News is the information about recent events. This can be given through a variety of media: verbal communication, print, broadcasting, postal systems, television, or by the oral testimony of witnesses and observers to recent events. In popular usage, the term news is used to refer to any newsworthy event that has news value. News is thus generally understood to pertain to any event that has created a public reaction. The news has a number of purposes and categories, some of which are discussed below.
In ancient times, the news was circulated by way of oral communication in communities such as the village elders. Oral news had the advantage of being unbiased and easy to verify, since it could only be passed on from one individual to another. Over time, newspaper news proved to be unreliable because of the rapid circulation of printed material, and was less well-researched and fact-checked than the news that went orally around the community. As a result, much of the original newsprint that was not significant enough to warrant reporting became lost or abandoned.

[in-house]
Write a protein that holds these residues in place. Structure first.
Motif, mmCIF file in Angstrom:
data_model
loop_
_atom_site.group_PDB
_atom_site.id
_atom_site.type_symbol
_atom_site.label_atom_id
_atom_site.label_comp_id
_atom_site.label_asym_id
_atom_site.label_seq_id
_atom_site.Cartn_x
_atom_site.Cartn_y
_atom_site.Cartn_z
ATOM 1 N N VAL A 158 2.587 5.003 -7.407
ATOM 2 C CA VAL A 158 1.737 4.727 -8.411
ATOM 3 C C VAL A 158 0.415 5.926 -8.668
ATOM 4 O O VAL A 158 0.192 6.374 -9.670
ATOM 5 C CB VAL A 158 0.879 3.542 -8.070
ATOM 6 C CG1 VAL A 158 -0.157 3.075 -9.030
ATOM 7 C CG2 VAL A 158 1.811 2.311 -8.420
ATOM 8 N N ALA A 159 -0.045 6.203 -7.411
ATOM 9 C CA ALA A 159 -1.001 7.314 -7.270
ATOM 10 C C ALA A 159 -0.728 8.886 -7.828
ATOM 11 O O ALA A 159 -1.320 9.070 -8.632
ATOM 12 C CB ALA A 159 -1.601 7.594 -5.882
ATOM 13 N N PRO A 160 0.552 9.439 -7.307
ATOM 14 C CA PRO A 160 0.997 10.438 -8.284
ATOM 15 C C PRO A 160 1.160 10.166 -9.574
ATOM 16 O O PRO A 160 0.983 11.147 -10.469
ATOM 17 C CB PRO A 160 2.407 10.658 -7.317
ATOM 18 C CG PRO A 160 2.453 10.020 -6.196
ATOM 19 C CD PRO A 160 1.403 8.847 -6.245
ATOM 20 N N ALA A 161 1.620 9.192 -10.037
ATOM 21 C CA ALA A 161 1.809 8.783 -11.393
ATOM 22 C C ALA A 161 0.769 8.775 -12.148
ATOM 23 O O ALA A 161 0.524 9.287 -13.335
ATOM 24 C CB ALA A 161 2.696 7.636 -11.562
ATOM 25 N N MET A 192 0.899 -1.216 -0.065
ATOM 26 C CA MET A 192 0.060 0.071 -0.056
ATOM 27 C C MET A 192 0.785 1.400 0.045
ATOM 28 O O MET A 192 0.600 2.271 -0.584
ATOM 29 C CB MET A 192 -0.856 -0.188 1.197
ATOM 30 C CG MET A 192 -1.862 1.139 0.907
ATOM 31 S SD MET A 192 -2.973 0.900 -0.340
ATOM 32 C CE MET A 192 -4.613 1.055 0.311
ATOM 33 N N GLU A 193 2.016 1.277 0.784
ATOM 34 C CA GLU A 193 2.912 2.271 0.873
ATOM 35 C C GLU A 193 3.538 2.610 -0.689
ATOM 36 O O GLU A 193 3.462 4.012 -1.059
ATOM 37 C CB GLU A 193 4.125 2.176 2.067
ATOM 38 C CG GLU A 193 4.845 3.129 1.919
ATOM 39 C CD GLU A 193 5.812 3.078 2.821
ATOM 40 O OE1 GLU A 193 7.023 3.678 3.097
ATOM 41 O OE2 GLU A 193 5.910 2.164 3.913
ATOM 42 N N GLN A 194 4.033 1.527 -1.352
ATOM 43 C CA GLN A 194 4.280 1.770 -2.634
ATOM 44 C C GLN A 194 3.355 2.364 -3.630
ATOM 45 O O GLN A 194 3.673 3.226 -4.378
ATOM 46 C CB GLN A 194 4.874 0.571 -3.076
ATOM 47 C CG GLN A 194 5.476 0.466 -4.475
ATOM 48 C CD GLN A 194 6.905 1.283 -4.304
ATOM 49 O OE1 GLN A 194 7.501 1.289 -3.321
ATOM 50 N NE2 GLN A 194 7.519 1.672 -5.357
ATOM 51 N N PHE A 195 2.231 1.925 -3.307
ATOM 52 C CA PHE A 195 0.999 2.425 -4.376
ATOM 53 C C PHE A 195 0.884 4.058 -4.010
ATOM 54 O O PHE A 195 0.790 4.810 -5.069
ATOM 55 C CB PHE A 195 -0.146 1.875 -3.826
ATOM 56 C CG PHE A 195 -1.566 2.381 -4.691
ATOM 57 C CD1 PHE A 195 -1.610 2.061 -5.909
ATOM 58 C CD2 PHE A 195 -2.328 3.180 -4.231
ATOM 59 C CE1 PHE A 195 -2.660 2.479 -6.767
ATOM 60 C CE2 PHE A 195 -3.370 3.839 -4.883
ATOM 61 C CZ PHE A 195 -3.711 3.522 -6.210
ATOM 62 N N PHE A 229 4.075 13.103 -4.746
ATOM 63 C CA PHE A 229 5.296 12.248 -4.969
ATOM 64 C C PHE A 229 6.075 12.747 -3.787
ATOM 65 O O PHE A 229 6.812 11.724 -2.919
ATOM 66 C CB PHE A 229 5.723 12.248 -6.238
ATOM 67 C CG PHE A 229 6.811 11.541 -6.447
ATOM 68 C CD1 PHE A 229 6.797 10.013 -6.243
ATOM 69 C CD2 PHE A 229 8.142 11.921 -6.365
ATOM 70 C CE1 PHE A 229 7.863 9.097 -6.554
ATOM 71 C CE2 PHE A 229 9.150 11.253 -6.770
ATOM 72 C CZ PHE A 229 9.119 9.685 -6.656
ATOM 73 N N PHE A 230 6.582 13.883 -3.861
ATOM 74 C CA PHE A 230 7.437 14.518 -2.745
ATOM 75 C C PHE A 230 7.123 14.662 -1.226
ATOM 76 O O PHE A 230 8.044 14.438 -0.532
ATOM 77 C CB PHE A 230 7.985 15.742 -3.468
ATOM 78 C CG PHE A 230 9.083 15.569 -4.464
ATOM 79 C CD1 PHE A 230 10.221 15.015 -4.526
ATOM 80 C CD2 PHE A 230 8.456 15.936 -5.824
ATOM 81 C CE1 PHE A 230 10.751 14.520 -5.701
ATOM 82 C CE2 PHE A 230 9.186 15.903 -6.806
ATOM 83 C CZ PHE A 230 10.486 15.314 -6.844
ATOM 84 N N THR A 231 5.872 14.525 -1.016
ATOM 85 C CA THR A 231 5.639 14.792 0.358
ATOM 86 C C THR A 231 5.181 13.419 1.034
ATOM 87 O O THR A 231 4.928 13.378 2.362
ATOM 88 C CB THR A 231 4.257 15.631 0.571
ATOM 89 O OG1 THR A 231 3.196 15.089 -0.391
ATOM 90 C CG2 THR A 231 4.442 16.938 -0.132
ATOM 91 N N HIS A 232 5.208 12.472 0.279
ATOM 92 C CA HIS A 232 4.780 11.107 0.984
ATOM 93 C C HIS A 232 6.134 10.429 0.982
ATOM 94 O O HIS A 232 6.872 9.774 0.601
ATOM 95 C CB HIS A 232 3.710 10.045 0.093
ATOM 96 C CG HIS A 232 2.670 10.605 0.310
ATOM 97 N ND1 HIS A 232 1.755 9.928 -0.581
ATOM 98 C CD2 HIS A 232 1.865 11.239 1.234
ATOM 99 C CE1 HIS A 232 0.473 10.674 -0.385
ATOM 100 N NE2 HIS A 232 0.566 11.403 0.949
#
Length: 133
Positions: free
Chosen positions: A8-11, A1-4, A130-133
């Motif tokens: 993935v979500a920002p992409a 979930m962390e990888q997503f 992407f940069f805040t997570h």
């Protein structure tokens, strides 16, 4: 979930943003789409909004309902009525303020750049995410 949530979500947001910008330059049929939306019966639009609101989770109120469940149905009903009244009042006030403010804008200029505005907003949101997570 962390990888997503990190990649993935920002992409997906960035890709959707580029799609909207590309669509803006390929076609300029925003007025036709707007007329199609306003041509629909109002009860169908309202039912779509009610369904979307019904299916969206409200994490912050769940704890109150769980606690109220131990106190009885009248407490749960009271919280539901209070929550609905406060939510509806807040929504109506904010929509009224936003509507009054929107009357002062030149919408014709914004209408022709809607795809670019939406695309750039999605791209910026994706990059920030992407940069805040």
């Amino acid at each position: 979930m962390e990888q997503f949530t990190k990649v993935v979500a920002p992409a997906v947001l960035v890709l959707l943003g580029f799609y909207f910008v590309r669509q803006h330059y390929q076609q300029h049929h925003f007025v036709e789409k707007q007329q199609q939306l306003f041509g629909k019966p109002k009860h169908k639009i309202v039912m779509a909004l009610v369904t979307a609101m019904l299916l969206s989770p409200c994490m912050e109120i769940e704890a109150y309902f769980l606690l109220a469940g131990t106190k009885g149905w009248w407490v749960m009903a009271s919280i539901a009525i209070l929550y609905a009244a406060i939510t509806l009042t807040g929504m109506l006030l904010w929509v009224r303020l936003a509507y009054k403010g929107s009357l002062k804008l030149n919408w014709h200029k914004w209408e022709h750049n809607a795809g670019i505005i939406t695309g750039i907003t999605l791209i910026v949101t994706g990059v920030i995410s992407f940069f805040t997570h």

With the advent of new media, such as the television, news became largely visual, with its first substantial impact appearing in the early 20th century. Visual news spread its popularity rapidly, and now almost every major newspaper and magazine carry some type of news report. While the vast majority of news events are reported accurately and fairly, there are still inaccuracies and omissions that are allowed because of time constraints, a deadline, or some other practical reason.